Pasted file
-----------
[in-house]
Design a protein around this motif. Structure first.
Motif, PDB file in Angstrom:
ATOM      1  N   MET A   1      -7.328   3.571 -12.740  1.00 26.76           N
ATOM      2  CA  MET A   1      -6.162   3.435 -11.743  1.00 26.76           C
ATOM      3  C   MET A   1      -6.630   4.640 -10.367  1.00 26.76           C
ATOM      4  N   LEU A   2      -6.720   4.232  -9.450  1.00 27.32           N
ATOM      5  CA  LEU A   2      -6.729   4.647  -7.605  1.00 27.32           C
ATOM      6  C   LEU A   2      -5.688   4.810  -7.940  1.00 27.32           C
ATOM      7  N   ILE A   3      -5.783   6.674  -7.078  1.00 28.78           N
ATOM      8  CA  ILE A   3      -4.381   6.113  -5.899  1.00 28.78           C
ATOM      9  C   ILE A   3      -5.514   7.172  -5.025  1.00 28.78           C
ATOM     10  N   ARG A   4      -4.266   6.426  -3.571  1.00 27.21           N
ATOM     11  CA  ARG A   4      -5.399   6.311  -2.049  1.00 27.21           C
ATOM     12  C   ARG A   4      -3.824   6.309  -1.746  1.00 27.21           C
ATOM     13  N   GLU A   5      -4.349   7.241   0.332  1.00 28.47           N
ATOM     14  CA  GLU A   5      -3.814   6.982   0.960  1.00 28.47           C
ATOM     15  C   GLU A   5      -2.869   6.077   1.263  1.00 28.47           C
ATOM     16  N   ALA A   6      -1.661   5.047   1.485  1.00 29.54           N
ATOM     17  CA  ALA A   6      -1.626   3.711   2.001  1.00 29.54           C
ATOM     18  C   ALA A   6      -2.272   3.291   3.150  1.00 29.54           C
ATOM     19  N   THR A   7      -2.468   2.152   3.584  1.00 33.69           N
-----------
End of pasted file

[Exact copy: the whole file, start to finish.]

[in-house]
Design a protein around this motif. Structure first.
Motif, PDB file in Angstrom:
ATOM      1  N   MET A   1      -7.328   3.571 -12.740  1.00 26.76           N
ATOM      2  CA  MET A   1      -6.162   3.435 -11.743  1.00 26.76           C
ATOM      3  C   MET A   1      -6.630   4.640 -10.367  1.00 26.76           C
ATOM      4  N   LEU A   2      -6.720   4.232  -9.450  1.00 27.32           N
ATOM      5  CA  LEU A   2      -6.729   4.647  -7.605  1.00 27.32           C
ATOM      6  C   LEU A   2      -5.688   4.810  -7.940  1.00 27.32           C
ATOM      7  N   ILE A   3      -5.783   6.674  -7.078  1.00 28.78           N
ATOM      8  CA  ILE A   3      -4.381   6.113  -5.899  1.00 28.78           C
ATOM      9  C   ILE A   3      -5.514   7.172  -5.025  1.00 28.78           C
ATOM     10  N   ARG A   4      -4.266   6.426  -3.571  1.00 27.21           N
ATOM     11  CA  ARG A   4      -5.399   6.311  -2.049  1.00 27.21           C
ATOM     12  C   ARG A   4      -3.824   6.309  -1.746  1.00 27.21           C
ATOM     13  N   GLU A   5      -4.349   7.241   0.332  1.00 28.47           N
ATOM     14  CA  GLU A   5      -3.814   6.982   0.960  1.00 28.47           C
ATOM     15  C   GLU A   5      -2.869   6.077   1.263  1.00 28.47           C
ATOM     16  N   ALA A   6      -1.661   5.047   1.485  1.00 29.54           N
ATOM     17  CA  ALA A   6      -1.626   3.711   2.001  1.00 29.54           C
ATOM     18  C   ALA A   6      -2.272   3.291   3.150  1.00 29.54           C
ATOM     19  N   THR A   7      -2.468   2.152   3.584  1.00 33.69           N